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To Redeem Themselves Against Ravens, Steelers Must Commit To The Run

The Pittsburgh Steelers have a must-win game this Sunday night when they take on the Baltimore Ravens for the second time in less than a month. Their previous matchup ended in a tightly contested battle that saw the Steelers lose 16-14 in a game that was close throughout.

While turnovers and a poor run defense were the primary catalysts in what sunk the Steelers, there was another aspect that hurt the Steelers: their abandonment of the run. Although the Steelers were not lighting it up on the ground, they ran the ball decently in the first half, not including QB scramble runs, running it 12 times for 36 yards and a touchdown at a three-yards-per-carry clip. These are numbers that aren’t anything special, but the Ravens have one of the best run defenses in the league, allowing 3.5 yards per carry.

In the second half, Pittsburgh abandoned the run, handing the ball off only six times despite only trailing by one score for most of it. Although the Steelers only gained a measly 13 yards and 2.1 yards per carry, that does not justify avoiding the run, especially when backup quarterback Mitch Trubisky was not taking care of the ball all game.

Going into the Ravens’ game, Pittsburgh was coming off a game against the Atlanta Falcons where they ran for 154 yards and ran at a good 4.2 yards per carry average. Just because they were not getting similar production did not mean they should have gave up on the idea of running the ball. Trubisky had to replace Kenny Pickett and had not played in a game since October. With the game being close they should have tried to take some pressure off of him and let Najee Harris and Jaylen Warren pound the rock, something they were doing decently in the first half. Instead, he threw three interceptions, all coming when the Steelers had good field position.

Sunday night, Pittsburgh will be on the road in a loud and hostile M&T Bank Stadium during primetime. With communication likely to be an issue the Steelers need to learn from their mistakes in the last matchup try and let Harris and Warren handle the heavy lifting one offense. Even if it is not successful immediately offensive coordinator Matt Canada can not abandon the run.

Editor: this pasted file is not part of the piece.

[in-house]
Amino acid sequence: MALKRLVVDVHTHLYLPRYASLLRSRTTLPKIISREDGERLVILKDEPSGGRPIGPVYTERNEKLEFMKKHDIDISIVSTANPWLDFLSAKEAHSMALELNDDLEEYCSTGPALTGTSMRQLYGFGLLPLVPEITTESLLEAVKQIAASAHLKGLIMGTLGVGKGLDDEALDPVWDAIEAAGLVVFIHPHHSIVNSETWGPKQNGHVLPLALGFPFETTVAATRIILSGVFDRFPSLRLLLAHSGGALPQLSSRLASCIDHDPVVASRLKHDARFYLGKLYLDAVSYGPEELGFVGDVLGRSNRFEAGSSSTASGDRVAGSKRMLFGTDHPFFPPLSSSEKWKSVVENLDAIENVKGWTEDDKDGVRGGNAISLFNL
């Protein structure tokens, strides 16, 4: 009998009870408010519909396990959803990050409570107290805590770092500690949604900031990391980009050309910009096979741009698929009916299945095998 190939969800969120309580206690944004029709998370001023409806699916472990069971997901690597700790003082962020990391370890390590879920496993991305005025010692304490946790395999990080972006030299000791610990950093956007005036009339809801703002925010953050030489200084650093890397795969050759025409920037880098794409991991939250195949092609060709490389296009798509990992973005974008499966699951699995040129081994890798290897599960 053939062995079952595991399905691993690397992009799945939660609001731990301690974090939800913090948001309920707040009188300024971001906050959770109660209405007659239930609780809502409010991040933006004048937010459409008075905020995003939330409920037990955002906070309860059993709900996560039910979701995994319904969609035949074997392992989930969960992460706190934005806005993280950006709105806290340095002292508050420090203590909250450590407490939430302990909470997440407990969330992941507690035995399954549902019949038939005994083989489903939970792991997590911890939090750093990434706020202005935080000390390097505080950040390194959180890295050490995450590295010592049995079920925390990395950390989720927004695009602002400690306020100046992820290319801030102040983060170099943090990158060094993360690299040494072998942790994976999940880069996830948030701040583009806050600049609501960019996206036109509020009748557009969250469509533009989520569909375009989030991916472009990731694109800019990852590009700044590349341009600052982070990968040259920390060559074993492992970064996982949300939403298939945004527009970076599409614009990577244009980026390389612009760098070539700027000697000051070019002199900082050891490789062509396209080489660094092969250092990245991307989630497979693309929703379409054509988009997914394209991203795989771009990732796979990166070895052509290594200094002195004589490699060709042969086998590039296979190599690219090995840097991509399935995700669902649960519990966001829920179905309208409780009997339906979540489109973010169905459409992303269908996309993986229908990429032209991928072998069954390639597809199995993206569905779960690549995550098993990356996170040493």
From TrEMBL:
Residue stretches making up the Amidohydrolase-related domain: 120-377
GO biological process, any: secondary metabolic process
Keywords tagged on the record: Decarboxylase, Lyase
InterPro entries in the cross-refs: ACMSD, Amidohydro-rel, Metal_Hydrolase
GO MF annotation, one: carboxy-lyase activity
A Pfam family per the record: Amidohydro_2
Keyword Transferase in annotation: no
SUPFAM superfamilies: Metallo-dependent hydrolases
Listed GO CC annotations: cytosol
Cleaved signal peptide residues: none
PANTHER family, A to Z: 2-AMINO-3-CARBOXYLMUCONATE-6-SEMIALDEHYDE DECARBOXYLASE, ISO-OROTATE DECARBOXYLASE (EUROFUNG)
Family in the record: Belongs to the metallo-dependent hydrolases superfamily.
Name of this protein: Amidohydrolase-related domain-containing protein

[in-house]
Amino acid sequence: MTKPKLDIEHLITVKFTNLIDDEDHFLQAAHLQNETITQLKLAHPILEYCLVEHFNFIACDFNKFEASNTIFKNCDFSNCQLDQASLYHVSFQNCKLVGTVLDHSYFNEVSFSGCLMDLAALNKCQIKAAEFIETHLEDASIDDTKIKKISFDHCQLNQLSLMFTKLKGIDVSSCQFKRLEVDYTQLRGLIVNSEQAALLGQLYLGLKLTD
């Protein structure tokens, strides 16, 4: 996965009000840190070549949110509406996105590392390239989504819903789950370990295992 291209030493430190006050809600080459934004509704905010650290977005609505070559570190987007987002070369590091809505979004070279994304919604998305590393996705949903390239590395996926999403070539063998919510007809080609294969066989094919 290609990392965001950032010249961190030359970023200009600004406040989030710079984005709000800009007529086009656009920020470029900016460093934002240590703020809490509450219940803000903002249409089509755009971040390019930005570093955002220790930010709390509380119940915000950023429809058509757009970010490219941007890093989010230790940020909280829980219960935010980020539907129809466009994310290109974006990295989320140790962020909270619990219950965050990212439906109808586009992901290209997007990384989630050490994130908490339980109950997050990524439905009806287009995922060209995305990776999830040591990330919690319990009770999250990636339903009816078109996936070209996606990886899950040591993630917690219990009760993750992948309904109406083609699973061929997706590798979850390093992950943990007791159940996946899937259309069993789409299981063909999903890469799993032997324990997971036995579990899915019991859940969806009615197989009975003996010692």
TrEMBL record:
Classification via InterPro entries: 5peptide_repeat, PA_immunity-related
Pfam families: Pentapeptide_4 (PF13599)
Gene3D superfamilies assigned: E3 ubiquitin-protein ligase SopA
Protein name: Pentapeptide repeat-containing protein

If done successfully, running the football is also a great way to control the clock. The Steelers had a hard time stopping the Ravens’ potent run game and with the possibility of quarterback Lamar Jackson returning Sunday night, it will be important to keep the ball out of their hands. If Pittsburgh can run the ball and control the clock they should be able to limit the amount of time Jackson and the Ravens’ offense has on the field and time for them to get going.

However, most importantly is that by not abandoning the run in a close game limits the amount of turnovers. The Steelers lost last time these two faced off because they threw three interceptions. So far on the season Harris and Warren have combined for only two fumbles and one lost fumble. The odds of a turnover coming with the ball in one of their hands are much less than if the Steelers are trying to throw it against the Ravens who have 14 interceptions this year.

To beat Baltimore, Pittsburgh will have to take care of the football. And running the football opens up the passing game. As long as the game is close on Sunday night, the Steelers should make it an emphasis to run the ball, it could help them avoid a defeat that will end their playoff hopes.

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